Senate Republicans have blocked the nomination of Senator Chuck Hagel to become the next secretary of defense in a move blasted by Democrats. Republicans say they want more information first from the White House about events surrounding the fatal attack on the U.S. diplomatic mission in Benghazi, Libya, last September. This is Republican Senator John Cornyn of Texas.
Sen. John Cornyn: "The majority leader knows full well that the reason why cloture was denied, or the debate — closing off debate was denied, is because there are reasonable requests being made on this side for additional information. And I hope and trust that that information will be provided here in the next few days, and when we come back from the recess, we’ll have another vote and another opportunity for senators to express themselves. But this is not any attempt to kill this nomination. This is not a filibuster."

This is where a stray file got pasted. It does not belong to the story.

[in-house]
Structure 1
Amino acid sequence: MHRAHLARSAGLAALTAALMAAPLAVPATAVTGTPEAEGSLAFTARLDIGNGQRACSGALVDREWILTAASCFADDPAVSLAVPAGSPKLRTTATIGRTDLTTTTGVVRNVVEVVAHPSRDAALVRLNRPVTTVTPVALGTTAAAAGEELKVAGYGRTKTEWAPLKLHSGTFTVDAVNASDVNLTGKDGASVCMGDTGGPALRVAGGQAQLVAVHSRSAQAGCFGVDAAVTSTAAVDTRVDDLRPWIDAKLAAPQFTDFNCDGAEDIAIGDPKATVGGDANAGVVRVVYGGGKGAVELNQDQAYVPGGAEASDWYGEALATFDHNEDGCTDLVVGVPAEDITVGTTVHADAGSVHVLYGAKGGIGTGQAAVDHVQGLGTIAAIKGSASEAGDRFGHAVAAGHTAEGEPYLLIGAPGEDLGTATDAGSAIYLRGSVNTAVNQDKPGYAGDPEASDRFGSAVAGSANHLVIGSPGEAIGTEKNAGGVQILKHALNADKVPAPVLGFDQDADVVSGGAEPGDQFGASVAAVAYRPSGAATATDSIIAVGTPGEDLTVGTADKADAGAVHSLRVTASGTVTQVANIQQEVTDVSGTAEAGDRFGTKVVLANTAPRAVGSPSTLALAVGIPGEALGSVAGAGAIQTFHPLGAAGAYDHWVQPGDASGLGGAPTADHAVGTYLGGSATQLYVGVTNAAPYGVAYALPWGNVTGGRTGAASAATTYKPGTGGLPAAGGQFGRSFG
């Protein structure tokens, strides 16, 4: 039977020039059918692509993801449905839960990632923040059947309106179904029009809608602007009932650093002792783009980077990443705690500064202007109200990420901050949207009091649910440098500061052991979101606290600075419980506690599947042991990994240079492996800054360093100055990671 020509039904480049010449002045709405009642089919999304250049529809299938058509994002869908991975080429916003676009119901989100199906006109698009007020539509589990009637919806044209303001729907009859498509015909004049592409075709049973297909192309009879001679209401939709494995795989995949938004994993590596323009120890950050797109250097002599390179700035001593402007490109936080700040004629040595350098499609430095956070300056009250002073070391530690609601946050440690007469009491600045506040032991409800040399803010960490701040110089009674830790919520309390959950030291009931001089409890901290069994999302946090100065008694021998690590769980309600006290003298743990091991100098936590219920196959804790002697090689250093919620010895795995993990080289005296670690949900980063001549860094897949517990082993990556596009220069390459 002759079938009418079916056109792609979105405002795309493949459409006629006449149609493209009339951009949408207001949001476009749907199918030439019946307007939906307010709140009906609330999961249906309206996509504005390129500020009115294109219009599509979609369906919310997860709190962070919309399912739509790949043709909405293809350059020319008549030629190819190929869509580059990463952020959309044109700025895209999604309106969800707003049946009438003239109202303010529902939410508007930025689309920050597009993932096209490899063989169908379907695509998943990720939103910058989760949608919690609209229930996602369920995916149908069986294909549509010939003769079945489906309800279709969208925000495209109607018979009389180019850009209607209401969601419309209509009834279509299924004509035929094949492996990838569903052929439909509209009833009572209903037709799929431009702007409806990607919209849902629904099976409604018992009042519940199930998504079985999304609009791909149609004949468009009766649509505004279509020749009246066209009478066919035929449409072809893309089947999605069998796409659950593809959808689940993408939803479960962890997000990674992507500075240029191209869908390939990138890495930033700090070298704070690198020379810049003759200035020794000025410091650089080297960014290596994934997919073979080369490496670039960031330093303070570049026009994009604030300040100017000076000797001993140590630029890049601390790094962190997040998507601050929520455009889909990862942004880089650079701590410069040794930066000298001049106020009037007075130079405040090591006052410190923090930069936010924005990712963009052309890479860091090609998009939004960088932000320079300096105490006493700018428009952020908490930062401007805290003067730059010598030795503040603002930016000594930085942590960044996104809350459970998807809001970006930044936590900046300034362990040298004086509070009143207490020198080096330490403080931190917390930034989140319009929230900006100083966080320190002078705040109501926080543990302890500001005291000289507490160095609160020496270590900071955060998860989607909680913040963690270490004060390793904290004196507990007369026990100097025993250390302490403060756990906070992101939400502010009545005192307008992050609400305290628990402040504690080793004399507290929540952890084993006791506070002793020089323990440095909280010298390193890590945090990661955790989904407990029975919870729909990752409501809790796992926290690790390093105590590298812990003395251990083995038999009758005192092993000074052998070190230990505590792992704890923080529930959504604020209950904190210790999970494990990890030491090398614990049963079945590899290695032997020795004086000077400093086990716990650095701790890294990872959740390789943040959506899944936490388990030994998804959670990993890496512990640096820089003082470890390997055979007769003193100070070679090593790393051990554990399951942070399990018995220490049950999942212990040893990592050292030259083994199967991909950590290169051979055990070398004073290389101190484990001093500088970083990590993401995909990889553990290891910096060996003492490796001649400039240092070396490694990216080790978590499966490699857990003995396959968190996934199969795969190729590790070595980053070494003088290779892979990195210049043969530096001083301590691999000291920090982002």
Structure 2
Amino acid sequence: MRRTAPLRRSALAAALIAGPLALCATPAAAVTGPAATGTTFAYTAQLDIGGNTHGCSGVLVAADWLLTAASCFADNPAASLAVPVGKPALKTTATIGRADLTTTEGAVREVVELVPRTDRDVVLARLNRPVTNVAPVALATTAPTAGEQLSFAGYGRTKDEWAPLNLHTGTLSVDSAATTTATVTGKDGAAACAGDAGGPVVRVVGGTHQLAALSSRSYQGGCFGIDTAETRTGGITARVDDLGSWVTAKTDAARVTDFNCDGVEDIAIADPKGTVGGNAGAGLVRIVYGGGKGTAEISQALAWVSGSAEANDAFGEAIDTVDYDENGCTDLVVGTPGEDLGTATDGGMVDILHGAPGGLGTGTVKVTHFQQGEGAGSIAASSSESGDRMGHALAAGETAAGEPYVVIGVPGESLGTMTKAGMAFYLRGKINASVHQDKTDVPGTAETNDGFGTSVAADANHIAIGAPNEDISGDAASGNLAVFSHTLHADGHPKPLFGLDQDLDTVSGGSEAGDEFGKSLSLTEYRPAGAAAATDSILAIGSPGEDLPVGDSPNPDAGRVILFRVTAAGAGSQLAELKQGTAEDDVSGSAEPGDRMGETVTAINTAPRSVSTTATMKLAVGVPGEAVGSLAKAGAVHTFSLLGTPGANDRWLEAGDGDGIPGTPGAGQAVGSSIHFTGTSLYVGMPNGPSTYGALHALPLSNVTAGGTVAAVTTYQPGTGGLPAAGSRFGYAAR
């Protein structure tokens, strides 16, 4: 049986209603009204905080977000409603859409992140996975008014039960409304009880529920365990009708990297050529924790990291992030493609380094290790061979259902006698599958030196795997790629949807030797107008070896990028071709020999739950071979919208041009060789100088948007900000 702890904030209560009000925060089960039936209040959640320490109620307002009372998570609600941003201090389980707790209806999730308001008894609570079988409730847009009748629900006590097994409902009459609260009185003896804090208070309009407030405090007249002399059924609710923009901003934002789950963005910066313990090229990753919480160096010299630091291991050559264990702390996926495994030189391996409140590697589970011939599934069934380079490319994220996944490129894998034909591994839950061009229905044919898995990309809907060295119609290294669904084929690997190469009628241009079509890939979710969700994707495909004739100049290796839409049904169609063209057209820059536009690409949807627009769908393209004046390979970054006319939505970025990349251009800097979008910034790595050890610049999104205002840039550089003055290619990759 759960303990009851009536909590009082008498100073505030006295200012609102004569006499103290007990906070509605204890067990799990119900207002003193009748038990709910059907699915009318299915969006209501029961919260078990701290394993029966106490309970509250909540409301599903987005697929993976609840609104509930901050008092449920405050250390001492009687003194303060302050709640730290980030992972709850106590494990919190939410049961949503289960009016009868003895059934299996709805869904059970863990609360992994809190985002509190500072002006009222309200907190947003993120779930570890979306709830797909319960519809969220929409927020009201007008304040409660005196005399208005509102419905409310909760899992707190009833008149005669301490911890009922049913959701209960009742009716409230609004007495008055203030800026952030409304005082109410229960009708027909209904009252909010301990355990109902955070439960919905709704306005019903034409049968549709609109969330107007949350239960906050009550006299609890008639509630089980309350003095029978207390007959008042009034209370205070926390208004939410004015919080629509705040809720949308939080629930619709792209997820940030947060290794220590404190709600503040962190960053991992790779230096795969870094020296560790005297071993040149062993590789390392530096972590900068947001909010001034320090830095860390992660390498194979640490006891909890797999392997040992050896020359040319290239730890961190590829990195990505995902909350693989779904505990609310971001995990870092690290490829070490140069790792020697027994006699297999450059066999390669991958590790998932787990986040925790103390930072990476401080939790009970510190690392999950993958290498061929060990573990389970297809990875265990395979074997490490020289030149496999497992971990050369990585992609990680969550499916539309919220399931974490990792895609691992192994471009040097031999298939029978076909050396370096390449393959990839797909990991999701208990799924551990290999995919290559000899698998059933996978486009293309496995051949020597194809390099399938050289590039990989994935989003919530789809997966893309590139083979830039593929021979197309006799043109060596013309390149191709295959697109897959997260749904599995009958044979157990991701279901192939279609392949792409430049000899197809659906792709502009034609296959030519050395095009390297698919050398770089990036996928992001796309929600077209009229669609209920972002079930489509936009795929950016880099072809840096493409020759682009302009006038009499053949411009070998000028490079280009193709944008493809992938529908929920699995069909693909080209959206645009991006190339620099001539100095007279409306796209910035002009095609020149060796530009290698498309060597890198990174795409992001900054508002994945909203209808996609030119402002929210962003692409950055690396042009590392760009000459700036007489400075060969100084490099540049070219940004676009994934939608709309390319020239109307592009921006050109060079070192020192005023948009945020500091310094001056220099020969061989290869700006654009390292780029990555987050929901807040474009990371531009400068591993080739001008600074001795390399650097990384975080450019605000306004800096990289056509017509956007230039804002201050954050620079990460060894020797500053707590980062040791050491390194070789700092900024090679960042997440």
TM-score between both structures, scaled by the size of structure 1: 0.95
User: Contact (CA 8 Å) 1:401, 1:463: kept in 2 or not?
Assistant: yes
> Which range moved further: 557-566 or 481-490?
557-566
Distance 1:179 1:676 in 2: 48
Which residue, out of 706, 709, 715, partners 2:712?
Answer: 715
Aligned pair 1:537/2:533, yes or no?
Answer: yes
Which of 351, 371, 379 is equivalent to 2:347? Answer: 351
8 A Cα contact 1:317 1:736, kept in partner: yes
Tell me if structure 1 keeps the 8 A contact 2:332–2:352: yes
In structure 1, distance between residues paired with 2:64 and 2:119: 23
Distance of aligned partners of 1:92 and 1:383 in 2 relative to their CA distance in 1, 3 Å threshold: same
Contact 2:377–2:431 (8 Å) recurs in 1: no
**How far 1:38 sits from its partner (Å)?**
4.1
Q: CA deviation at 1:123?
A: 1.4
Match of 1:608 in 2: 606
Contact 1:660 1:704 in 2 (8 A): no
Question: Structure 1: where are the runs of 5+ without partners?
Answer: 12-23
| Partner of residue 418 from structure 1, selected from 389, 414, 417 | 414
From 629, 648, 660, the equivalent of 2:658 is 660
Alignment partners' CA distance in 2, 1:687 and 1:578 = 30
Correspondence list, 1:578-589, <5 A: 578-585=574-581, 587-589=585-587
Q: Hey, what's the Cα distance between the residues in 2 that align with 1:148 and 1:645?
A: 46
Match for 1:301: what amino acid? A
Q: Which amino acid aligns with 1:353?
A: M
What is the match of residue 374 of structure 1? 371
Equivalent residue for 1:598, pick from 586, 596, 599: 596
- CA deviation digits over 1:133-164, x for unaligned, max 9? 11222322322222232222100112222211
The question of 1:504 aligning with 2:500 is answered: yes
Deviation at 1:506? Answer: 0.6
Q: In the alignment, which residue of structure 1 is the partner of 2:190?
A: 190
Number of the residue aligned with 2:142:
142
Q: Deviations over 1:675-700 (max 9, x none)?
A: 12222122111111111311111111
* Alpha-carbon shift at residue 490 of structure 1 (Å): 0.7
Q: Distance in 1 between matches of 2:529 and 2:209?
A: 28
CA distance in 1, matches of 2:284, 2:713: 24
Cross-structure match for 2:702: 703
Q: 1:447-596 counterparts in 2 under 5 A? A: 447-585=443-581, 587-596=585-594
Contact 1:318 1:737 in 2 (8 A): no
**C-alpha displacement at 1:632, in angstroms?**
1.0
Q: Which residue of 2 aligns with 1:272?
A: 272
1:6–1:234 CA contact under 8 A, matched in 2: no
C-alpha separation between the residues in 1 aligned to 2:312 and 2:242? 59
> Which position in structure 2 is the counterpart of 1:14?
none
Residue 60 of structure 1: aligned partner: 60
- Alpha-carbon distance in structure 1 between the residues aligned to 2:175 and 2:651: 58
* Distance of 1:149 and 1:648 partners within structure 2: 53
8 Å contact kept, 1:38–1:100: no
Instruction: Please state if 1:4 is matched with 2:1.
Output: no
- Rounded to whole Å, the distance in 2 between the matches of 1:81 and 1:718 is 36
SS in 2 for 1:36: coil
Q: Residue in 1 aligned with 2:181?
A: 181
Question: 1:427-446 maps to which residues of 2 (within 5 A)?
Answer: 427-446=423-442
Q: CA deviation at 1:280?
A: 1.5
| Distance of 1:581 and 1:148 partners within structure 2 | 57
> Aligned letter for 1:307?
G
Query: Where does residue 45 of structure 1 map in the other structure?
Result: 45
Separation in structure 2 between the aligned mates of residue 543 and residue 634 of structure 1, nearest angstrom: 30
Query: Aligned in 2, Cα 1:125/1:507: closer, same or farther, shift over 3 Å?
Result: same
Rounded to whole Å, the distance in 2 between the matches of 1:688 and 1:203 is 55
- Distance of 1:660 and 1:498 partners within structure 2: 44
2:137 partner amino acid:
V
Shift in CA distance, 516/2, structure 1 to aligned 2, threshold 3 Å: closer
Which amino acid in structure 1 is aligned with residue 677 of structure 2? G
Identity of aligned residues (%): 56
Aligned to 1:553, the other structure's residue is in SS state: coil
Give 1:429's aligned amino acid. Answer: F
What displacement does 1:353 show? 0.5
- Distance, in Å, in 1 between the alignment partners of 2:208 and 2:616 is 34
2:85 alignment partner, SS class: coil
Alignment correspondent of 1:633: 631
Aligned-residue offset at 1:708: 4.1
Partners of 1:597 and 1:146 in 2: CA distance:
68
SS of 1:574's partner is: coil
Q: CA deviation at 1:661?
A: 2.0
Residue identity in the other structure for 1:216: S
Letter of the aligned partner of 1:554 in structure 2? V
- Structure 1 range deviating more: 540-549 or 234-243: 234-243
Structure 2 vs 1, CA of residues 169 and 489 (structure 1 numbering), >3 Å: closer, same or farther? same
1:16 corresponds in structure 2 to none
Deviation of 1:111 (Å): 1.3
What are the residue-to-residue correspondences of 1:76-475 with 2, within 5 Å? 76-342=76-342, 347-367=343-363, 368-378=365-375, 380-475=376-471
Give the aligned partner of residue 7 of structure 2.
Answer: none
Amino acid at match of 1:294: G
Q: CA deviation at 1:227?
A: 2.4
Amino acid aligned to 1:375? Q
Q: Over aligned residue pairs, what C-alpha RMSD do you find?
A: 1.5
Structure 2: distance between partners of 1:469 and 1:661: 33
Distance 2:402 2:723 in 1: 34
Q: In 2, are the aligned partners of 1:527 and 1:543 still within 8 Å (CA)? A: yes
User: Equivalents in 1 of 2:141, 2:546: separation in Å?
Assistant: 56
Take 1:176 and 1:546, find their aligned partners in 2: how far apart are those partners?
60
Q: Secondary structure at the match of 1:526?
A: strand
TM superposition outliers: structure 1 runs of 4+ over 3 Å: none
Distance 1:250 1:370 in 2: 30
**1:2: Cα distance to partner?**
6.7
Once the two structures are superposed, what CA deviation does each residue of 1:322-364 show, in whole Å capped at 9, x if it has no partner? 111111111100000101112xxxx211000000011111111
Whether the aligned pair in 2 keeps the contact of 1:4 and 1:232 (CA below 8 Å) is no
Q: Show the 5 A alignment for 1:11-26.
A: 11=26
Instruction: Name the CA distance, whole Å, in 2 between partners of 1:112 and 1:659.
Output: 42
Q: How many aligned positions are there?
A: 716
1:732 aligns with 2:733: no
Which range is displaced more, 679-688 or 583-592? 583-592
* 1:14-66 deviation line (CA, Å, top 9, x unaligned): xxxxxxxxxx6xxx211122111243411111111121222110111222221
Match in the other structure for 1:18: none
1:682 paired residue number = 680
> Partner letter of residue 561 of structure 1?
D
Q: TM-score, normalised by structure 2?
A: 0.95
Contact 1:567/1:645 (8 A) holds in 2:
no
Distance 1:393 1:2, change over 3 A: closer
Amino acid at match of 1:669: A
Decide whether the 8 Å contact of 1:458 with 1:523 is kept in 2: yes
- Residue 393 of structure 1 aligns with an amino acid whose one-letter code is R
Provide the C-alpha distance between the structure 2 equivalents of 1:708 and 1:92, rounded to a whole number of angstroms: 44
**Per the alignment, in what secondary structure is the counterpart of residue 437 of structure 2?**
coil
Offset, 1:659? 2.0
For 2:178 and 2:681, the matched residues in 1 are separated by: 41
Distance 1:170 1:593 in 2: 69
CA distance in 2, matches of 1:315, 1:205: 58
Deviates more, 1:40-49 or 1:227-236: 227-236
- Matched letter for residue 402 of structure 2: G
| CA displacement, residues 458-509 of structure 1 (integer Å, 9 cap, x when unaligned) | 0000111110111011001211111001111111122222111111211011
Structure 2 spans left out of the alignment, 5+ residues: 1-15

Democrats are vowing to revive Hagel’s nomination following next week’s recess. Despite Republican denials, Senate Majority Leader Harry Reid said the block represented an historic filibuster.
Sen. Harry Reid: "The filibuster of Sen. Hagel’s nomination is unprecedented. I repeat, not a single nominee for secretary of defense ever in the history of our country has been filibustered. Never, ever!"
Hagel is a former Republican senator who has faced criticism for straying from the party line on Iran and the Iraq war and for making comments perceived as critical of Israel. President Obama touted Hagel’s Republican credentials Thursday during an online video chat.